The libpics library is divided into two components, accessible through two
How to parse
The parser passes through the passed text, building a data structure
containing all the parsed information, making callbacks to the parser when it
passed to a new data structure or encounters an error.
While the parser is reading and filling data structures, it keeps track of
what data type it is currently filling. Whenever this target data changes, it
call back to the application. This allows the application to check the data
that has just been read, or allocate space for the new object. The most common
use of this would be to abort when label data comes through with a value that
is out of range for the user.
The error handler gets called with all parsing problems and data
inconsistancies. It is intended to provide the interface to the user. The
return values tells the parser to abort or continue parsing.
All allocation in libwww or libpics goes through the macros HT_?ALLOC and
HT_FREE. The macros are assigned to HTMemory functions in HTUtils. The
developer may subsititue macros for their own proprietary memory system, or
the ANSI malloc functions. Alternatively, the aplication may employ the
macros and provide the HTMemory functions, either through the library module
HTMemory.c, or in their own
calling the parser
The life cycle of a parse object is as fillows:
for interface details... for parser innerworkings...
For details on how to use the library, you should look at the CSLApp.html.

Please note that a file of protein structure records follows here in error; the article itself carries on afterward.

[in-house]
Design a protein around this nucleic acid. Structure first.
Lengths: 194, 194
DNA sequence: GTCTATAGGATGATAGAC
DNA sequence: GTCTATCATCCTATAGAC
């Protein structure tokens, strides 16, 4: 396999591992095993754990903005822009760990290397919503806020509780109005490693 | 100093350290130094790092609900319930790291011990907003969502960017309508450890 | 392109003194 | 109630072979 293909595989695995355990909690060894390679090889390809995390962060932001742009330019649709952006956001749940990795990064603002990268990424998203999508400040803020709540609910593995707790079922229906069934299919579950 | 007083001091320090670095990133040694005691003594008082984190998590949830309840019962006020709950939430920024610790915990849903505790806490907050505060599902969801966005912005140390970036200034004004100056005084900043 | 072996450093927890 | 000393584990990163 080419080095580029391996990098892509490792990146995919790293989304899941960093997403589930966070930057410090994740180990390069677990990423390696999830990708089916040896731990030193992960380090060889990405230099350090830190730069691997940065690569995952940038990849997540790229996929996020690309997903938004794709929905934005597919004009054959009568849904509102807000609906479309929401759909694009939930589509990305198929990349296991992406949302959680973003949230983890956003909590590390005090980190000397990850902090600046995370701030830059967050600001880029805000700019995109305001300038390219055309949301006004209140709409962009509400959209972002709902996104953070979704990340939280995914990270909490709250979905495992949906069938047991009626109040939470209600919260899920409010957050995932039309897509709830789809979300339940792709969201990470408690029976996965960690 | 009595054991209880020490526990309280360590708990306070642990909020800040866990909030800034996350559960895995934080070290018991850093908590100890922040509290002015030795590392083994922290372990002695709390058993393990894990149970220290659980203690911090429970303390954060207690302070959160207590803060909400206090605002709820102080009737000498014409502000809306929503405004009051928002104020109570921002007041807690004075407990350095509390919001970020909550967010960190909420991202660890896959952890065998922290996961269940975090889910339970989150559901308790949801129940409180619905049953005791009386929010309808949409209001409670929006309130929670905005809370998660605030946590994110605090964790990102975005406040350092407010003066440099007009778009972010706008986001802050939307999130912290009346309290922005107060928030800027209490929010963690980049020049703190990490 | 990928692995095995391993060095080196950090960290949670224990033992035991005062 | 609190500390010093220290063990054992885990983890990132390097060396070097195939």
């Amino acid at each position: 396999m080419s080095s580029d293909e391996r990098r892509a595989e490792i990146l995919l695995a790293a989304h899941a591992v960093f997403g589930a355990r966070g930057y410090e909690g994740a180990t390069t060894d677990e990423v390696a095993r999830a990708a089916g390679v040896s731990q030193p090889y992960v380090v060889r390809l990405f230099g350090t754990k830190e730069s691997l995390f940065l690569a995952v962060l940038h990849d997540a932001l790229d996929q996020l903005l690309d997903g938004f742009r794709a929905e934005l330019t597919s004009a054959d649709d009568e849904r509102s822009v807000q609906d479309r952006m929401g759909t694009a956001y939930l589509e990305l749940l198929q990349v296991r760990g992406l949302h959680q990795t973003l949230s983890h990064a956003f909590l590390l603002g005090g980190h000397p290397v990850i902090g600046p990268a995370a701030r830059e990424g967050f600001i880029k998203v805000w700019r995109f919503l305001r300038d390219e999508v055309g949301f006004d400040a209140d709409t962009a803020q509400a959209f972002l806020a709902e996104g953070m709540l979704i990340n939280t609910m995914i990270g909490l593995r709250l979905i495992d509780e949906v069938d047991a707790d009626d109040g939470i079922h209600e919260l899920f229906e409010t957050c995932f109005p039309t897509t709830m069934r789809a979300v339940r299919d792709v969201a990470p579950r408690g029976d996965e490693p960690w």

The Line-Mode Browser uses the CSLApp interface to libpics. The steps involved in adapting the Line-Mode Browser to libpics are outlined in steps.
When libwww is about to send out a request to a server, it calls Pics to send
a request for Pics ratings. The text of the request is based on the desired
URL and the current service. This request may accompany the URL request or may
go to a different server.
If the request goes to the same server, ie. accompanies the URL request, the ratings come back ahead of the requested data. When Pics recieves an answer to a service request, it determines whether the URL should be permitted. If there is a callback assiciated with this request, Pics calls the callback to allow the app to override this descision. If no callback is associated with the request, Pics checks to see if there is a default callback for the application. If either of these callbacks is called, the user or services associated with this request or this app may change. If the forbidden disposition remains, the request is marked with a Forbidden (403) error and the remaining network traffic is killed with a call the HTNet_kill.
If the ratings must be acquired from another server, the current request is set to 0 priority and a second request is generated to send the ratings request. Once Pics recievs the results of the ratings request, the accompanying URL request is either killed off, or restored to high priority which enables the request to be sent. When the data returns, the request is already marked as allowed and the request passes on to the app.
This quick guide takes you through the basic steps necessary to create your
own PICS complient application:
The application must do the fillowing: See the interface in CSLApp.html for details.
Load a PICS user
This user is kept around for PICS to inspect when creating label requests and
checking values on returns.
Register an application
This sets of the application's callbacks and
The application may have different callbacks and different users associated
with different users associated with different requests. This is more robust
than defaulting to the user specified in the
When to free Objects
This is a short set of recommendation on when to free objects in memory.
for furthur details...